At these words the mistress of the house made a mental inventory of the pretty room with her eyes, and the radiancy of her face changed to thoughtfulness. Alexander took me by the hand and led me to the recess of a bay window.
"Do you happen," he said in a low voice, "to have a thousand crowns to lend me? I have only twelve thousand francs income, and this year--"
"Alexander," cried the dear creature, interrupting her husband, while, rushing up, she offered him the three banknotes, "I see now that it is a piece of folly--"
"What do you mean?" answered he, "keep your money."
"But, my love, I am ruining you! I ought to know that you love me so much, that I ought not to tell you all that I wish for."
"Keep it, my darling, it is your lawful property--nonsense, I shall gamble this winter and get all that back again!"
"Gamble!" cried she, with an expression of horror. "Alexander, take back these notes! Come, sir, I wish you to do so."
"No, no," replied my friend, repulsing the white and delicious little hand. "Are you not going on Thursday to a ball of Madame de B-----?"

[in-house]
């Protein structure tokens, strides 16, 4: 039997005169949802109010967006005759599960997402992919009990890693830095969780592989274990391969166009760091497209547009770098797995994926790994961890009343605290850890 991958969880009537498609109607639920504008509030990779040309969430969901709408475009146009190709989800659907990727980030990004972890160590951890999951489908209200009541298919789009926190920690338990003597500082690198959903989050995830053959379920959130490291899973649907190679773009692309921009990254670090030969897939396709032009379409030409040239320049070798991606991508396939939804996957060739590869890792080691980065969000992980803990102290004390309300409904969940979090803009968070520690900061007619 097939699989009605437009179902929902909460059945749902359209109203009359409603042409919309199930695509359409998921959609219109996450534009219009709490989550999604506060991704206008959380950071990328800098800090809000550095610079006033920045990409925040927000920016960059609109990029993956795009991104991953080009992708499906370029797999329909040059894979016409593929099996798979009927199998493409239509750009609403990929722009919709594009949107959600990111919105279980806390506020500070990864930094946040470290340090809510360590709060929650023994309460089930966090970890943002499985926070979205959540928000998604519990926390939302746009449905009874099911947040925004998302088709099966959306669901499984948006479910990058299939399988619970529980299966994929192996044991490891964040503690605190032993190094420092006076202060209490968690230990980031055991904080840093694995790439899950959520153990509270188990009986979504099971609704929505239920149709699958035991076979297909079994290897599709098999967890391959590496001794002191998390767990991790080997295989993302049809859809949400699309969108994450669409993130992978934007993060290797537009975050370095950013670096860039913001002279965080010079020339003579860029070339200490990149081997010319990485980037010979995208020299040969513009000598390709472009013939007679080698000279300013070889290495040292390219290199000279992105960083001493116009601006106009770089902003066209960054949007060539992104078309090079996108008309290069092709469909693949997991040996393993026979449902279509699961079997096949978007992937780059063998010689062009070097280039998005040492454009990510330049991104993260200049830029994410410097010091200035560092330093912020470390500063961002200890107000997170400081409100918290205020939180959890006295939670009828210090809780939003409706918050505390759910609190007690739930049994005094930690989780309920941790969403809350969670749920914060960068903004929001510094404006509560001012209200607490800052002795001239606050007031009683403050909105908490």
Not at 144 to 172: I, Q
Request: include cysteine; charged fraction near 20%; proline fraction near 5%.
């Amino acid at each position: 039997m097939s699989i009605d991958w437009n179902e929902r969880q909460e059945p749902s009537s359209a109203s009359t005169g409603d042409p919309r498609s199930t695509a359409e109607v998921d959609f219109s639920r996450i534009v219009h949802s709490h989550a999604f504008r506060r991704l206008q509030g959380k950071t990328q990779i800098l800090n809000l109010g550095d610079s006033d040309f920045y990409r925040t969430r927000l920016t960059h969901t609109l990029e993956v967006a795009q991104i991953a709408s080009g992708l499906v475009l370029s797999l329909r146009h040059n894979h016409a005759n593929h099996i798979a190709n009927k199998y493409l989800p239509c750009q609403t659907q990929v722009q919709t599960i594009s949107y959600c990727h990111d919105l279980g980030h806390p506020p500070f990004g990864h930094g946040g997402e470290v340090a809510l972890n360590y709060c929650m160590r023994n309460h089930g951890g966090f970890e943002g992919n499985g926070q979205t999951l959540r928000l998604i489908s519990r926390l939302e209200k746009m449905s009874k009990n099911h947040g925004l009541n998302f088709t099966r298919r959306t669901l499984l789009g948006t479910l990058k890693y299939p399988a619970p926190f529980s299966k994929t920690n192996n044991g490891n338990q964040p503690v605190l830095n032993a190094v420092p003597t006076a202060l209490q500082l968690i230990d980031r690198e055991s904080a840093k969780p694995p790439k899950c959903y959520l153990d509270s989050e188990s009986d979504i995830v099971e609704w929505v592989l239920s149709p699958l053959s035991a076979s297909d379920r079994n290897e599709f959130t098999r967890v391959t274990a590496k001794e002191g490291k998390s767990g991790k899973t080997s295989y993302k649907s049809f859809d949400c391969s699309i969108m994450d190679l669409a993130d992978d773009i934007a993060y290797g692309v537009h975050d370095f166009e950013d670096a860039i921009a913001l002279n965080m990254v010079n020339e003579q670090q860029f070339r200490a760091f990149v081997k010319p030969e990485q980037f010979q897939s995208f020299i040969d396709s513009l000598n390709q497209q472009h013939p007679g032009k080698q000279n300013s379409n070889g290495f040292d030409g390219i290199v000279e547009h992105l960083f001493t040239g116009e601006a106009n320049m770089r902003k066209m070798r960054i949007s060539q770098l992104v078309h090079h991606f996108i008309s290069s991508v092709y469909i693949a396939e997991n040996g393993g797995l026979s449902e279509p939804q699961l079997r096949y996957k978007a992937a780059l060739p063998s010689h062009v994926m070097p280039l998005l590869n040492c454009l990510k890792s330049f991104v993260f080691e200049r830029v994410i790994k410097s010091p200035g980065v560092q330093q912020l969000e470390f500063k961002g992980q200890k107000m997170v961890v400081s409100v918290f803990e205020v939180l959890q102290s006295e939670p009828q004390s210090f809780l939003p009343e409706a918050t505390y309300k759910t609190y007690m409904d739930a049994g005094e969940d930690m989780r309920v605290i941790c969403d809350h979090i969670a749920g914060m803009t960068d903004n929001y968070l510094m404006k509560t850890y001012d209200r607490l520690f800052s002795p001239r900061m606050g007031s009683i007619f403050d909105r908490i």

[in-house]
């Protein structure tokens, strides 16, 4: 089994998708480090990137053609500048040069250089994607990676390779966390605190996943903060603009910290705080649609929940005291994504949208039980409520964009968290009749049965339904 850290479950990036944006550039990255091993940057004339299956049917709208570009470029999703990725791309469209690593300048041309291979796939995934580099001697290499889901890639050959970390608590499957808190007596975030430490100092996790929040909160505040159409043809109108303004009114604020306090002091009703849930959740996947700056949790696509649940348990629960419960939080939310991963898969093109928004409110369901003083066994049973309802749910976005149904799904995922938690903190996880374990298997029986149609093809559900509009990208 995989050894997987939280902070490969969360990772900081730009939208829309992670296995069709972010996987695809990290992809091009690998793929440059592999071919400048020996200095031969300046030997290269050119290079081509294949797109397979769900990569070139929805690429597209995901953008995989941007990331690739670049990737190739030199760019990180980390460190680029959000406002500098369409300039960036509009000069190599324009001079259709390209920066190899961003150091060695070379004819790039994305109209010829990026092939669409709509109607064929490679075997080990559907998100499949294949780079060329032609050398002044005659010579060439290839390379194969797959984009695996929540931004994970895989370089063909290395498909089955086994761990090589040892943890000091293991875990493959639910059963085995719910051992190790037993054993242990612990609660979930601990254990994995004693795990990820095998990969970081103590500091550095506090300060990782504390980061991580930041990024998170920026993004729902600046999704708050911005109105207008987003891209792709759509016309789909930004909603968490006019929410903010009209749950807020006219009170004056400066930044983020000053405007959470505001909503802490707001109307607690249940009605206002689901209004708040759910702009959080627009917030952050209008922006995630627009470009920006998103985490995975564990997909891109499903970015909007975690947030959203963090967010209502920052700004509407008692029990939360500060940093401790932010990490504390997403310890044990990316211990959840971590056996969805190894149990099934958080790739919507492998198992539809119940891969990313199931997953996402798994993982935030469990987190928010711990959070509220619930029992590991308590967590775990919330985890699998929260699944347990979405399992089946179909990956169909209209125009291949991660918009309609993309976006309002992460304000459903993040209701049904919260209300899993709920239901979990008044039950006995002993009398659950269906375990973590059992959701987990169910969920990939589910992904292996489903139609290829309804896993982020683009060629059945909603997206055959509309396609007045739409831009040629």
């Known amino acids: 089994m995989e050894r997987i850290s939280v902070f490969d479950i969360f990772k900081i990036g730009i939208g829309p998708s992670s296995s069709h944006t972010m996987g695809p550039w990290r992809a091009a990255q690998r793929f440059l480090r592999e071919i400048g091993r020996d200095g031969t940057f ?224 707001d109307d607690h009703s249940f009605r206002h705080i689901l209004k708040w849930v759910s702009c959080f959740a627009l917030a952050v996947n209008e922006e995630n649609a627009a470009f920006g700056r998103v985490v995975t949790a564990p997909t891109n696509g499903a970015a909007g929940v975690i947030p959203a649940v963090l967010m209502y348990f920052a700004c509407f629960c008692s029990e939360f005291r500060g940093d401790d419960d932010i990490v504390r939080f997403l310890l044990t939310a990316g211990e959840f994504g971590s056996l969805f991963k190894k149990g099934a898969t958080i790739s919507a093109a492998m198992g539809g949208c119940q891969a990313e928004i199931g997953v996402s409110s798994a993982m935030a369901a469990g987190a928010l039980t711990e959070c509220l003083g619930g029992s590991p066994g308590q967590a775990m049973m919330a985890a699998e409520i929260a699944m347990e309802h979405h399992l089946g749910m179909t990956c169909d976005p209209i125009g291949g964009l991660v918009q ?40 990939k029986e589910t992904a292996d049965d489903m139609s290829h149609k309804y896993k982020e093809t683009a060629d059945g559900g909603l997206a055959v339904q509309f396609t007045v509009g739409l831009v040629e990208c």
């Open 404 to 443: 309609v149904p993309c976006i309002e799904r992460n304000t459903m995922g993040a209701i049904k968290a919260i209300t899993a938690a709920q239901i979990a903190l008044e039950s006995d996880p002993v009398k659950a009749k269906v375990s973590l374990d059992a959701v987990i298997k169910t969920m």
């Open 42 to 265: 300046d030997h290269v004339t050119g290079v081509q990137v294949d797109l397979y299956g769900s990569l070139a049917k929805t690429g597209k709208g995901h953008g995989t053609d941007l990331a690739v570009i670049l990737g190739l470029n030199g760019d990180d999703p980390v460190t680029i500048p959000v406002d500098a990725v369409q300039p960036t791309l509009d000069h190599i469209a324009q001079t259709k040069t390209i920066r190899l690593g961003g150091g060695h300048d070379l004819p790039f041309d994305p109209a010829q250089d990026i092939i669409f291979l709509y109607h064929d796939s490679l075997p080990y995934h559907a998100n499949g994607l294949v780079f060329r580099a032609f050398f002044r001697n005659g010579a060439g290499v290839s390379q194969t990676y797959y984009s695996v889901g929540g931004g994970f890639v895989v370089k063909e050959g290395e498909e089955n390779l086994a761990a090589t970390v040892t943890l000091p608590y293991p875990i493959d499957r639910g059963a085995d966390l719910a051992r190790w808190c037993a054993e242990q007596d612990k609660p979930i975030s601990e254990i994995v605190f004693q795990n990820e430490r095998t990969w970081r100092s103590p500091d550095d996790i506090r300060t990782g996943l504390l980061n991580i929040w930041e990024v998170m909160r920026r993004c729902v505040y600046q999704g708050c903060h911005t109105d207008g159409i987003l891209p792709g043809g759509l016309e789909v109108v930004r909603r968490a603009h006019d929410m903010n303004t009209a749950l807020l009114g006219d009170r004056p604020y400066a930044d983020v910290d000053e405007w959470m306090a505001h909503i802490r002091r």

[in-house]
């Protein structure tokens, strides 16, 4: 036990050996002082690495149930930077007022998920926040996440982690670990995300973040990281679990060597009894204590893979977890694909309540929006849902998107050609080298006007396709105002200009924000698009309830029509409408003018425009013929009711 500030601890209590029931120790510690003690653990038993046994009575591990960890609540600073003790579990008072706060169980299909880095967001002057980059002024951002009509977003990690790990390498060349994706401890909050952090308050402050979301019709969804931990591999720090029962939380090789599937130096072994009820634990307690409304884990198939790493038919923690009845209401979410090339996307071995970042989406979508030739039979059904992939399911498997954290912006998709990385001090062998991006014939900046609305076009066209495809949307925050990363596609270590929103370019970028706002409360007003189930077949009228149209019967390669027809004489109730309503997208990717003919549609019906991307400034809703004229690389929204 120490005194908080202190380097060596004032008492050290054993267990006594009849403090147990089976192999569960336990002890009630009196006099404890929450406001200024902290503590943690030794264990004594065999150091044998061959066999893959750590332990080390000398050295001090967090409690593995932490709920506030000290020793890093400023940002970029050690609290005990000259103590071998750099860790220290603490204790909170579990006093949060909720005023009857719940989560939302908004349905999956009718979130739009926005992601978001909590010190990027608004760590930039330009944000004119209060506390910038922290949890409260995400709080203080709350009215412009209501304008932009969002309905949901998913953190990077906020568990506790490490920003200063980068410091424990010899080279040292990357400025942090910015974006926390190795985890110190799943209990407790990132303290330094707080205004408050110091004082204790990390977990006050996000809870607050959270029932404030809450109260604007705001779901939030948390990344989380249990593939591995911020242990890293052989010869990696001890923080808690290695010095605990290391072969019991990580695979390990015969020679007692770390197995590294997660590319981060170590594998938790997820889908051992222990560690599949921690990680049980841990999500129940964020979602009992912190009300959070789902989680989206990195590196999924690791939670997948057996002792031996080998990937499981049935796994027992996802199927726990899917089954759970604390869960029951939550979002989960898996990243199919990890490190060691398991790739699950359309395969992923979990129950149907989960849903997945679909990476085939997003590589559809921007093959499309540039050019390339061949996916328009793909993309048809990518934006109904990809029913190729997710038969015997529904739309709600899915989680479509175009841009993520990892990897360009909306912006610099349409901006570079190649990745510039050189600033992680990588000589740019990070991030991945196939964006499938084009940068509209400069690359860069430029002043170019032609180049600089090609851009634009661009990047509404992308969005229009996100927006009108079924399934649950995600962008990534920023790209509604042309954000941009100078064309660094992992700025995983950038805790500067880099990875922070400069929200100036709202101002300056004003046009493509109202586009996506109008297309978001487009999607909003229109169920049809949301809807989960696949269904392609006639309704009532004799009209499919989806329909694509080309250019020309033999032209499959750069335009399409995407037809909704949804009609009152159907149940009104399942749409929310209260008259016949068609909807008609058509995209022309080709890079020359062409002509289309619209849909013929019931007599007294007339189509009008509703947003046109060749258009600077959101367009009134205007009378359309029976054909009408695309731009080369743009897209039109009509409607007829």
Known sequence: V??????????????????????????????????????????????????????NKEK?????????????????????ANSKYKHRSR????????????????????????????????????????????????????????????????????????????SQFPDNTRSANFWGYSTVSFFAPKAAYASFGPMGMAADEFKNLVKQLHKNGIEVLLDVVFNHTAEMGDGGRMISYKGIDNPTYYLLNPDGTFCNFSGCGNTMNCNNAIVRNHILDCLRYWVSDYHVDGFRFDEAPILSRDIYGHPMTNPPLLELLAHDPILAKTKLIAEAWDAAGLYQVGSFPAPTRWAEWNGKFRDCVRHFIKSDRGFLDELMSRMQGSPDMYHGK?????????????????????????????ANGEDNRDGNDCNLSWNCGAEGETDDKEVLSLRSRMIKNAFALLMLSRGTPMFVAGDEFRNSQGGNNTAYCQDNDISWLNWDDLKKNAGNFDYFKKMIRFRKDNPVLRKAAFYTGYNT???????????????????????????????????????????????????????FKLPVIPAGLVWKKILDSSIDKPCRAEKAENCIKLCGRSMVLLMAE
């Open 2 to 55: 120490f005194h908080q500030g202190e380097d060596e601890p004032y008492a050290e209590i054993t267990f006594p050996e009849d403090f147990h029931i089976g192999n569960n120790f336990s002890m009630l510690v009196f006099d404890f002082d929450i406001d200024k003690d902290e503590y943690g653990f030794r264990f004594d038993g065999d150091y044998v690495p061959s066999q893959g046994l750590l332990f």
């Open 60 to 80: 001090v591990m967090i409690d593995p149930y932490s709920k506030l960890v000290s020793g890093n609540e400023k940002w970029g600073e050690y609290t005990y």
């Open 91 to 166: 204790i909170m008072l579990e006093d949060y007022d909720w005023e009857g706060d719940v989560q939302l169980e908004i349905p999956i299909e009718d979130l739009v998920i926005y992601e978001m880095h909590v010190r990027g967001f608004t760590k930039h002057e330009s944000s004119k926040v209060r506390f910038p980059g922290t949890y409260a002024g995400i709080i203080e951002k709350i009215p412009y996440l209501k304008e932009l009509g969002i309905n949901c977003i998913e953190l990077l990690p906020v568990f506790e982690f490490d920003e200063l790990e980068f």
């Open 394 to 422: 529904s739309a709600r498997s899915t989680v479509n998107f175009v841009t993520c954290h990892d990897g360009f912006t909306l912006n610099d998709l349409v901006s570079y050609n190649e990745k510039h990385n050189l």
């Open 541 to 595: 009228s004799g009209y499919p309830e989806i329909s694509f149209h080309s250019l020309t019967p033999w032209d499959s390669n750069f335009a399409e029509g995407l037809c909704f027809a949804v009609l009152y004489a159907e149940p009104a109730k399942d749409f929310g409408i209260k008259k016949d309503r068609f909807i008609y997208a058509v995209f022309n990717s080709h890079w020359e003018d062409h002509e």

"I will think about what you asked of me," said I to my comrade.
I went away bowing to his wife, but I saw plainly after that scene that my anacreontic salutation did not produce much effect upon her.
"He must be mad," thought I as I went away, "to talk of a thousand crowns to a law student."
Five days later I found myself at the house of Madame de B-----, whose balls were becoming fashionable. In the midst of the quadrilles I saw the wife of my friend and that of the mathematician. Madame Alexander wore a charming dress; some flowers and white muslin were all that composed it. She wore a little cross /a la Jeannette/, hanging by a black velvet ribbon which set off the whiteness of her scented skin; long pears of gold decorated her ears. On the neck of Madame the Professoress sparkled a superb cross of diamonds.
"How funny that is," said I to a personage who had not yet studied the world's ledger, nor deciphered the heart of a single woman.
That personage was myself. If I had then the desire to dance with those fair women, it was simply because I knew a secret which emboldened my timidity.
"So after all, madame, you have your cross?" I said to her first.
"Well, I fairly won it!" she replied, with a smile hard to describe.
"How is this! no ear-rings?" I remarked to the wife of my friend.
"Ah!" she replied, "I have enjoyed possession of them during a whole luncheon time, but you see that I have ended by converting Alexander."
"He allowed himself to be easily convinced?"
She answered with a look of triumph.